Wednesday, July 11, 2018

California university works to reduce number of white people on campus

When I saw the above line over at Instapundit, I was about to say "Oh for Pete's sake!" And you know what quotes like this often does? I read into it!
In keeping with the diversity and inclusion movement sweeping campuses across the country, Cal Poly San Luis Obispo recently released a 30-page report outlining plans to “improve diversity” via a series of initiatives.

One goal is to increase the number of people of color on campus beyond the increases that have already occurred over the past few years, as “applications from underrepresented minority students doubled between 2008 and 2018.”

“In 2011, the campus was 63 percent Caucasian,” the May 2 report informs readers, “in fall of 2017, it was less than 55 percent … but there is still much work to do.”

The public research institution states it wishes to get those numbers more in line with the state’s percentage of white people, which recent polls hold at 39.7 percent of the population.

“To further advance its goals of reflecting the demographics of California and creating a more diverse and inclusive campus community, Cal Poly administration has developed the following Diversity Action Initiatives document,” the report states.

In it, administration details a multi-year effort with dozens of intitiatives, including ones to further lower the percentage of white students on campus and increase the number of faculty of color.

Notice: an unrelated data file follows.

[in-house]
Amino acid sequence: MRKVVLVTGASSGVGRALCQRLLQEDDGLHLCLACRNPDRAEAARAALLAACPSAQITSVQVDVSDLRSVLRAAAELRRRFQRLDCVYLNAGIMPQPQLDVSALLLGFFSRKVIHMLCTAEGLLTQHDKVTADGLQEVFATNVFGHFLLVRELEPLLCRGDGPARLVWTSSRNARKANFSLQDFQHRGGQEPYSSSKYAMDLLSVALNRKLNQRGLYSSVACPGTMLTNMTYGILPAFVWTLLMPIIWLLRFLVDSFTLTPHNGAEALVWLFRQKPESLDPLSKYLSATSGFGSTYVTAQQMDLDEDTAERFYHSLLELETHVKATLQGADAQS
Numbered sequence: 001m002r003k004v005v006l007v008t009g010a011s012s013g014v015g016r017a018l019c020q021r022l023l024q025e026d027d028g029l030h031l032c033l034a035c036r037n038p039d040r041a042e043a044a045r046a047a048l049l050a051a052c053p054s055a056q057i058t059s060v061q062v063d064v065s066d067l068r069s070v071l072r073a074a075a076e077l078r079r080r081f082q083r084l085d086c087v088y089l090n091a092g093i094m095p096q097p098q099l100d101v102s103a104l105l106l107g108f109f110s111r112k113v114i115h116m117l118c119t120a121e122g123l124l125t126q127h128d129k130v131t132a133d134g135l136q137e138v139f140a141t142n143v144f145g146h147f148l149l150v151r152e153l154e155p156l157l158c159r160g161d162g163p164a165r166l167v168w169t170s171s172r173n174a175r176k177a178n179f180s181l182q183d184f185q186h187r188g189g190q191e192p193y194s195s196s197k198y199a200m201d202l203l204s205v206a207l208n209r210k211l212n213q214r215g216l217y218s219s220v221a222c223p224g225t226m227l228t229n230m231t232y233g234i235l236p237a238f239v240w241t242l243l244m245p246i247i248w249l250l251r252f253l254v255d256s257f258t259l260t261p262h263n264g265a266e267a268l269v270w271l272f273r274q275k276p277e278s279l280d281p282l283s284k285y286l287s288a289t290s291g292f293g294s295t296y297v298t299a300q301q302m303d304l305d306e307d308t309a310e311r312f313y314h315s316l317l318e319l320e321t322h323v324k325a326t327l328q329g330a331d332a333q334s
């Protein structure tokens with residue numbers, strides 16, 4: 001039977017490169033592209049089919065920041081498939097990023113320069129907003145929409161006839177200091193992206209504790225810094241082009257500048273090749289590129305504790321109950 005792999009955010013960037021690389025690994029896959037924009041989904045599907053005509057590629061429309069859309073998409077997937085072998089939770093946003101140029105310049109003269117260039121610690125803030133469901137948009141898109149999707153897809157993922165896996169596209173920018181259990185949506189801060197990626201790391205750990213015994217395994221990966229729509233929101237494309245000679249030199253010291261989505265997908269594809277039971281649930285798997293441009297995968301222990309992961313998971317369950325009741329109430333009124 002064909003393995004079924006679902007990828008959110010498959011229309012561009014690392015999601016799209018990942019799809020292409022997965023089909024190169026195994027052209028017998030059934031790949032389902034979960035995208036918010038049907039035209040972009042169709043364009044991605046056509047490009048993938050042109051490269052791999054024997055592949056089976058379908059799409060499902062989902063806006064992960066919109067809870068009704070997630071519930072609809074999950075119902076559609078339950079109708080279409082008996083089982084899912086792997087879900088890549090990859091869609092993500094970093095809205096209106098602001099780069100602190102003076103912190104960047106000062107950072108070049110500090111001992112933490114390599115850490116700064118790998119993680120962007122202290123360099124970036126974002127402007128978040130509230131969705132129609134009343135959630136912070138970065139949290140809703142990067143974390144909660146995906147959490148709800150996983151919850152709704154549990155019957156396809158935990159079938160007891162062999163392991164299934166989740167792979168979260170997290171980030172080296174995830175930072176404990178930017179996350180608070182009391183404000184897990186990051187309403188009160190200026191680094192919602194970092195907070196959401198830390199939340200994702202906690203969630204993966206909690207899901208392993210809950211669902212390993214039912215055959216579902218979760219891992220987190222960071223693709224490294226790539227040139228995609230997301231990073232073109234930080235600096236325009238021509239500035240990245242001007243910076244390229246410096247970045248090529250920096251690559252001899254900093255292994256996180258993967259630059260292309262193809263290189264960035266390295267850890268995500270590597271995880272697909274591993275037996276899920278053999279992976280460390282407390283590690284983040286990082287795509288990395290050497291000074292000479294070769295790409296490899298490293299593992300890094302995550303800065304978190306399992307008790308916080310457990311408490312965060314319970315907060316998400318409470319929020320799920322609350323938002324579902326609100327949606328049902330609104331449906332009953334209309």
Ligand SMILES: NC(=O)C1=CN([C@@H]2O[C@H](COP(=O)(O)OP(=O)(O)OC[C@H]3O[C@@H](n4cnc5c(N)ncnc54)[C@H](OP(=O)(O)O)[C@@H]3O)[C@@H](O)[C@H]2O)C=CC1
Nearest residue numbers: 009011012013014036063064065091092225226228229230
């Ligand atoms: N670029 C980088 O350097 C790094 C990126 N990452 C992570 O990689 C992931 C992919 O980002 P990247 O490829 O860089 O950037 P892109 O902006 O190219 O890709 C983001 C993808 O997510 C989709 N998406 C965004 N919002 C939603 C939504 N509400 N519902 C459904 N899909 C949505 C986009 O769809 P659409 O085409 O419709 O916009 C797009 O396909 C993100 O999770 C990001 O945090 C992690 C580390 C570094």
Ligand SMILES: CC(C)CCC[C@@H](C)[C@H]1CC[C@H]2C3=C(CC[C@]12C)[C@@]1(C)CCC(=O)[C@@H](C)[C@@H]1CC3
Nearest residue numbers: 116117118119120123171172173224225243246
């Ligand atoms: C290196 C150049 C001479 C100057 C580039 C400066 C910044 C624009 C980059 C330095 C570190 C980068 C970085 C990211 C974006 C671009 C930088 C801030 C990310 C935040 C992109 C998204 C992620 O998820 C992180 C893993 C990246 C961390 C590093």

For students, the school plans on recruiting applicants more heavily based on race. For instance, the school has recently implemented several new scholarships “aimed at recruiting more African-American and other underrepresented minorities.” It’s also working to recruit low-income and first-generation students by partnering with high schools that enroll a high percentage of these students, according to the report.

Cal Poly SLO has eliminated applicants’ ability to apply to the school in Early Decision since the process, according to the report, “disadvantaged low-income students.” All applicants, regardless of their level of interest in the school, are viewed in one big pool in regular decision admissions.
The point of this should be not just attract a diverse student body, it's to attract the best possible students. And I get that you want to help disadvantaged students to not only get into college, but also to stay in school. I feel this is a recipe for disaster and the insistence on diversity will gain that university a bad crop of students who aren't there for the college experience.

I could dare fear they'll think like K-12 public education, going to a university will become just another entitlement. Another thing they can take for granted! 

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